> Skip to content
  • Published: 1 October 2015
  • ISBN: 9780141979311
  • Imprint: Penguin eBooks
  • Format: EBook
  • Pages: 288

The Great British Dream Factory

The Strange History of Our National Imagination




Britain's empire has gone. Our manufacturing base is a shadow of its former self; the Royal Navy has been reduced to a skeleton. In military, diplomatic and economic terms, we no longer matter as we once did. And yet there is still one area in which we can legitimately claim superpower status: our popular culture.

It is extraordinary to think that one British writer, J. K. Rowling, has sold more than 400 million books; that Doctor Who is watched in almost every developed country in the world; that James Bond has been the central character in the longest-running film series in history; that The Lord of the Rings is the second best-selling novel ever written (behind only A Tale of Two Cities); that the Beatles are still the best-selling musical group of all time; and that only Shakespeare and the Bible have sold more books than Agatha Christie. To put it simply, no country on earth, relative to its size, has contributed more to the modern imagination.

This is a book about the success and the meaning of Britain's modern popular culture, from Bond and the Beatles to heavy metal and Coronation Street, from the Angry Young Men to Harry Potter, from Damien Hirst to The X Factor.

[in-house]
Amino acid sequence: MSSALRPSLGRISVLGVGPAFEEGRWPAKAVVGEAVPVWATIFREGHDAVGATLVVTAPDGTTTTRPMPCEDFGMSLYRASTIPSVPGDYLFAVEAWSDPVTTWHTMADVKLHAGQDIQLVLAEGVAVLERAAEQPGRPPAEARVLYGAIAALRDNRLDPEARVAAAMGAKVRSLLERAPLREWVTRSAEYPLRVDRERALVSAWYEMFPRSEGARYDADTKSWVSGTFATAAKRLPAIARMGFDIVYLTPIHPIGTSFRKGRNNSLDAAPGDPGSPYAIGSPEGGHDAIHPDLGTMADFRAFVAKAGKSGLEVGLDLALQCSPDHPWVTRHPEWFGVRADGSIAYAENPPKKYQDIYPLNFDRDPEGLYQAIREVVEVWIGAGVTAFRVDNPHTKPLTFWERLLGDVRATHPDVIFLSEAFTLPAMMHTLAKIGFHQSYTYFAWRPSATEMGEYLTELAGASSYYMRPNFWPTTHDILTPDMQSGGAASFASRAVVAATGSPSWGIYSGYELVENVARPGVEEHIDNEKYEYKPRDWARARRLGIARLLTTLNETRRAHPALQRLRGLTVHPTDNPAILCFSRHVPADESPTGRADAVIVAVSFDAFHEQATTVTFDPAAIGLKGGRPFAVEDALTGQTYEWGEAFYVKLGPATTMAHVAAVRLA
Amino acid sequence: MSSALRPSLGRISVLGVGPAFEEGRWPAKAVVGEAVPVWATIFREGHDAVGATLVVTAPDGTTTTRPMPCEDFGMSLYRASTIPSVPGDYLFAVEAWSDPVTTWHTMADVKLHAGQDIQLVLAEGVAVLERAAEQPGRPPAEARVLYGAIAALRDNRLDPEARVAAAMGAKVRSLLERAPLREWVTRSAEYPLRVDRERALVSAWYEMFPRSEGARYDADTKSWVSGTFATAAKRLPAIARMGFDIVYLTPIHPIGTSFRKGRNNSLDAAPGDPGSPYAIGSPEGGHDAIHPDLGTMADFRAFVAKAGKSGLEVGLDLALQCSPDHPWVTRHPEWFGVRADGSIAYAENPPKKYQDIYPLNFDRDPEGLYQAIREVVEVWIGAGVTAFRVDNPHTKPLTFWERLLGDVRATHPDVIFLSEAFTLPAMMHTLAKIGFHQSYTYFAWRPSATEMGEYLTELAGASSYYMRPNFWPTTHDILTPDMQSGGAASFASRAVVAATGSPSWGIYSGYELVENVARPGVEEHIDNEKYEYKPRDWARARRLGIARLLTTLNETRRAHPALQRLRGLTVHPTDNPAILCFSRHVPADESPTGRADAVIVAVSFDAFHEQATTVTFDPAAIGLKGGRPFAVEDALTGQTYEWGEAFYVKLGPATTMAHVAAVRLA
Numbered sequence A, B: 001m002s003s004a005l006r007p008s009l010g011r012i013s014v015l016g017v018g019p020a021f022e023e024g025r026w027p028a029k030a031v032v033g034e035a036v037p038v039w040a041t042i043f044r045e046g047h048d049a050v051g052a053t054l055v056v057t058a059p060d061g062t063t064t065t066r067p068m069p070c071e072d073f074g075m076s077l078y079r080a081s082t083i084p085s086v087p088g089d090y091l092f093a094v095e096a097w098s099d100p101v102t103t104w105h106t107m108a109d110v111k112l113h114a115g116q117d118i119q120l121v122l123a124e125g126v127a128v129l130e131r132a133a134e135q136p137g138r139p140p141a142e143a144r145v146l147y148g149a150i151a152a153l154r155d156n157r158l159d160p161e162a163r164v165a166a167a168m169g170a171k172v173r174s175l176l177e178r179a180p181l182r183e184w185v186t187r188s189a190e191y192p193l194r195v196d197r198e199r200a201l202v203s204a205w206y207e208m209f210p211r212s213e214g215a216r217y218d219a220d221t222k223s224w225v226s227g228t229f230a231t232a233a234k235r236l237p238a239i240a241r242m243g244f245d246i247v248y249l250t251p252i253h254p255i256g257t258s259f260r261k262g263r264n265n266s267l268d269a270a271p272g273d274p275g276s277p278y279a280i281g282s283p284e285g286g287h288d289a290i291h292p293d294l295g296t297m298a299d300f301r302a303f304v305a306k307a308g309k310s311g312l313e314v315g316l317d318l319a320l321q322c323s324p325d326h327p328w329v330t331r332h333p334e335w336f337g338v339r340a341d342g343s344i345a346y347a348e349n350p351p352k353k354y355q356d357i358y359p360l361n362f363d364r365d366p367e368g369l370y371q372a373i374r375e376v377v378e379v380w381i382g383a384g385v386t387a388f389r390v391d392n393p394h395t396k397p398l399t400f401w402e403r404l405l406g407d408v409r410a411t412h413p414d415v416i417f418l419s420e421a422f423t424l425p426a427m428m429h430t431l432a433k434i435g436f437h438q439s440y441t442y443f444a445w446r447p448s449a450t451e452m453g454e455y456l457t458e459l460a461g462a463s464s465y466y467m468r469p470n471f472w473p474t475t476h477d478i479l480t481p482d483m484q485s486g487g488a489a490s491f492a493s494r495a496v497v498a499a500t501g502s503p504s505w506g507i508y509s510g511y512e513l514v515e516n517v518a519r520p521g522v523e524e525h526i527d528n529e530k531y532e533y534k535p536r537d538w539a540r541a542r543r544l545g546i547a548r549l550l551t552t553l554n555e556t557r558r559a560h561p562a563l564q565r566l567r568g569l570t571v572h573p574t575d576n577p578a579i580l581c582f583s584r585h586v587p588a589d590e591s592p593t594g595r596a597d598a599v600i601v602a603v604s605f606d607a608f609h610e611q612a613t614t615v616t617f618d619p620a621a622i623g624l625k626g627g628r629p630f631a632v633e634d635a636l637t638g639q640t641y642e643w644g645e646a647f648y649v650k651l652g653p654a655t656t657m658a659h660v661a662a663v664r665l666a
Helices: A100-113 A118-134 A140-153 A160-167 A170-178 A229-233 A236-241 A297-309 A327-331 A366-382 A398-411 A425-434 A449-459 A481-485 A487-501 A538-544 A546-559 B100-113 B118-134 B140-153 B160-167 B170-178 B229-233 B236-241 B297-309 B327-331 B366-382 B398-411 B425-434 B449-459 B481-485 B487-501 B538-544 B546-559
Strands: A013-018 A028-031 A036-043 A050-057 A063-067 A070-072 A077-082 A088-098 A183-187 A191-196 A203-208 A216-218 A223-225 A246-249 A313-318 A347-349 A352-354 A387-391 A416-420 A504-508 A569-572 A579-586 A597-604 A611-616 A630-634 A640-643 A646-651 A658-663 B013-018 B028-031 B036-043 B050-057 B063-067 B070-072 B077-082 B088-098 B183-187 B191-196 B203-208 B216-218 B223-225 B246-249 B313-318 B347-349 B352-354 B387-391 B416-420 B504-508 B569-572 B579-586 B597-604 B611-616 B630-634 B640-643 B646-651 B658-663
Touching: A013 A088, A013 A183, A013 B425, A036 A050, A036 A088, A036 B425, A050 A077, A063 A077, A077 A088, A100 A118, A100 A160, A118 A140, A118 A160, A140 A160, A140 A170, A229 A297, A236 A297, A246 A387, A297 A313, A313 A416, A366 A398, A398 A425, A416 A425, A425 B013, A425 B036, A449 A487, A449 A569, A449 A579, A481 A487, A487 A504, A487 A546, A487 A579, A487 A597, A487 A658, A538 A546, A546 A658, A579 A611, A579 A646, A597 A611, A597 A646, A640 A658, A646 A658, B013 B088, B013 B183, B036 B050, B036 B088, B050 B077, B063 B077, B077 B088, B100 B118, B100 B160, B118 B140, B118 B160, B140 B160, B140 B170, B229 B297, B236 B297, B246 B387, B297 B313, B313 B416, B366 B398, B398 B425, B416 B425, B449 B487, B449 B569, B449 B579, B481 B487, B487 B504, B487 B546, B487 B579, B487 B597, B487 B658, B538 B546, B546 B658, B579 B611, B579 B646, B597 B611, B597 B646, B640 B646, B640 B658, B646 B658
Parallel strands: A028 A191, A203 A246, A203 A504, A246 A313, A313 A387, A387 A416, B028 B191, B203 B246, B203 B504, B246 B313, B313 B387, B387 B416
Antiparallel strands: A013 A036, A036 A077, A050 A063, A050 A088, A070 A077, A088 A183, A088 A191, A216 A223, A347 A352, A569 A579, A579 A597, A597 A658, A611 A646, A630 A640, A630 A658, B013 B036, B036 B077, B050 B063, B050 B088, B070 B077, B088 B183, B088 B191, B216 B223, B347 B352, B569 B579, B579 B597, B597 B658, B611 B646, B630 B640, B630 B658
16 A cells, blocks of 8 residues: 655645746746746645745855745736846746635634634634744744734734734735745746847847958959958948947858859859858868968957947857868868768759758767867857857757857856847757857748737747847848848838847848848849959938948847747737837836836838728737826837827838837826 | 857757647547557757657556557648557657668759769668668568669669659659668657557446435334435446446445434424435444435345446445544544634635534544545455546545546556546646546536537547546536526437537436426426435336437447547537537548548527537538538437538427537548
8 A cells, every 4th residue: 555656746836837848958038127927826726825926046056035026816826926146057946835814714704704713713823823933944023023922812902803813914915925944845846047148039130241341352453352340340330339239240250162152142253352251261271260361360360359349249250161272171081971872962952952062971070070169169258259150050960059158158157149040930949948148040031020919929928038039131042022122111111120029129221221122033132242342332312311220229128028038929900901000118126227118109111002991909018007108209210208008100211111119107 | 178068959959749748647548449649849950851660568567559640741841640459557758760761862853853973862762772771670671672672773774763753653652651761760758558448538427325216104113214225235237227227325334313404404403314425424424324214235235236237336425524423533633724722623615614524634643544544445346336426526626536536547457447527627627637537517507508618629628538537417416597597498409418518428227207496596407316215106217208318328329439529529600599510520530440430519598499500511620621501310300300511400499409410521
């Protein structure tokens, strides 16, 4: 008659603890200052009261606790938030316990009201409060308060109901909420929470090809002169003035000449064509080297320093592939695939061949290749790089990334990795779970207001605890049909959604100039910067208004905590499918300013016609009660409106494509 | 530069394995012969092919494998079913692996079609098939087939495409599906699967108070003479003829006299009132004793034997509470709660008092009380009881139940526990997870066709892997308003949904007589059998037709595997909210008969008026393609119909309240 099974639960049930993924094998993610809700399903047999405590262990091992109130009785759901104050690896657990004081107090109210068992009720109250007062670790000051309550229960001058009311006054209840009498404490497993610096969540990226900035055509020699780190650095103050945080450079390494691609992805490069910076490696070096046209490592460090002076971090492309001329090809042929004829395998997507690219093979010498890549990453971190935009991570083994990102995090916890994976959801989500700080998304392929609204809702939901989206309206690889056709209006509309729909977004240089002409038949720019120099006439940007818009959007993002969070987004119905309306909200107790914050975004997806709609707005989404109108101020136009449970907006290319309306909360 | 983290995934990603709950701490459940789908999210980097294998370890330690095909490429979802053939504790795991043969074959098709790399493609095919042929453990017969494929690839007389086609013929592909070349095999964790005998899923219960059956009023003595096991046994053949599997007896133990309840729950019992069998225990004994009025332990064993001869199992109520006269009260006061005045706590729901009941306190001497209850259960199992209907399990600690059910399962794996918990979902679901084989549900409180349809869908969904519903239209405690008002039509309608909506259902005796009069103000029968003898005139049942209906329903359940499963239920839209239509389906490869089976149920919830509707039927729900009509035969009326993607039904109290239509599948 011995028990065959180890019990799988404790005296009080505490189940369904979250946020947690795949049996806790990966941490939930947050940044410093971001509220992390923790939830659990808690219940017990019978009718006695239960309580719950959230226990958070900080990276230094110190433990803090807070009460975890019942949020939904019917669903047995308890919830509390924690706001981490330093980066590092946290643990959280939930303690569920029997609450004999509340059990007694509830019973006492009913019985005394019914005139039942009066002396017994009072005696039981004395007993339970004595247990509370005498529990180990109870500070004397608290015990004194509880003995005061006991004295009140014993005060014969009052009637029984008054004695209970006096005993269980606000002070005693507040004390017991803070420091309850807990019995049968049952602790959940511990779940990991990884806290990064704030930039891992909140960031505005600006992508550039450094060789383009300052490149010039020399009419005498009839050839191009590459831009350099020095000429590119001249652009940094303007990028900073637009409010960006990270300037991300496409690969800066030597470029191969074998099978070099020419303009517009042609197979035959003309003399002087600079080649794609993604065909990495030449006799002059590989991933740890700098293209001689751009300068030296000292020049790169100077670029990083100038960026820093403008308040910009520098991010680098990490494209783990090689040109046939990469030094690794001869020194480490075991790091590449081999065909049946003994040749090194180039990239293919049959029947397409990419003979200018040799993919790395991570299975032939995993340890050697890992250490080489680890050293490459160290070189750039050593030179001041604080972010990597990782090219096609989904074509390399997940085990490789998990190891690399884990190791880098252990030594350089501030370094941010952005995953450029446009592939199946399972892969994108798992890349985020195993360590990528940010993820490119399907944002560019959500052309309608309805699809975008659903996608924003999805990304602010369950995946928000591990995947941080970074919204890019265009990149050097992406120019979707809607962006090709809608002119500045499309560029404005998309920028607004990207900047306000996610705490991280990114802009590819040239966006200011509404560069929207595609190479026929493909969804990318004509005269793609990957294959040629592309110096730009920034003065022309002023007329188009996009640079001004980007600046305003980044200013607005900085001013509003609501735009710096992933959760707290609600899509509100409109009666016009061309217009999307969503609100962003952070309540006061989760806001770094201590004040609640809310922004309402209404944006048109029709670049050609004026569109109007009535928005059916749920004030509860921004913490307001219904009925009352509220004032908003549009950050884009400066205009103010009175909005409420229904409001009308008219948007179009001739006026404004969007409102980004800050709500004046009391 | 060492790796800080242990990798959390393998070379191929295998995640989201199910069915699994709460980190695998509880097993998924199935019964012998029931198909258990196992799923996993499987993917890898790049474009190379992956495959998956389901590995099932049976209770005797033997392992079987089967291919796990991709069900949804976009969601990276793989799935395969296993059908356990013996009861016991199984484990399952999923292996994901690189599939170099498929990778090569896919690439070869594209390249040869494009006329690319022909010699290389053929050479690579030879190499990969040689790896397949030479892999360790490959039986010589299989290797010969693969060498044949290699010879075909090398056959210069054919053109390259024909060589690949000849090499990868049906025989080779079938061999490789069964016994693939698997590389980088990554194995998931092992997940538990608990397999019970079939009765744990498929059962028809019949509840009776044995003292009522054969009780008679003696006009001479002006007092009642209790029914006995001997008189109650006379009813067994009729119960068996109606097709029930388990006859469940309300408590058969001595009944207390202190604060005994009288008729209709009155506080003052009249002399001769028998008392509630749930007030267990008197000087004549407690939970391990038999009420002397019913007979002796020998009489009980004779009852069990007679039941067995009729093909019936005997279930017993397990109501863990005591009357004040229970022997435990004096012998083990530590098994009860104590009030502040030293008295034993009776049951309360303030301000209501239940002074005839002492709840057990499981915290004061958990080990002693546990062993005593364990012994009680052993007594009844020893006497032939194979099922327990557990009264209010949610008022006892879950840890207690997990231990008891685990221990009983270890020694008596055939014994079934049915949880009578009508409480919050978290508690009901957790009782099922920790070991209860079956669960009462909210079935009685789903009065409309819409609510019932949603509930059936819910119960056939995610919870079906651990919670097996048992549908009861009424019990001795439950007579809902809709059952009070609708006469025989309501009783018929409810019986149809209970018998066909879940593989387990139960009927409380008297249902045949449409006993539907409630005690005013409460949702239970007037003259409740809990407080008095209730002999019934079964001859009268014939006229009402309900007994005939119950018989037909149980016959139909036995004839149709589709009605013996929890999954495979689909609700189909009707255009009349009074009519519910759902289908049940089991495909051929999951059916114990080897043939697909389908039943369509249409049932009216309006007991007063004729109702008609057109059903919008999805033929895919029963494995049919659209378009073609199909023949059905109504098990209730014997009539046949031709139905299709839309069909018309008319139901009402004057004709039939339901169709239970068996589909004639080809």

• Published: 1 October 2015
  • ISBN: 9780141979311
  • Imprint: Penguin eBooks
  • Format: EBook
  • Pages: 288

About the author

Dominic Sandbrook

Dominic Sandbrook has been passionate about history ever since he read the Ladybird children's books. As a historian, he has written eight books for adults. He has also presented several BBC television series, covering topics such as time travel, alien invasions, the James Bond films and the Harry Potter stories. His favourite book is The Lord of the Rings. His favourite football team is Wolverhampton Wanderers.

He lives in Oxfordshire with his wife and son, Arthur. It was Arthur who came up with the idea for Adventures in Time, after a family trip to the Imperial War Museum. He now serves as the books' chief battle consultant.

Also by Dominic Sandbrook

See all

Related titles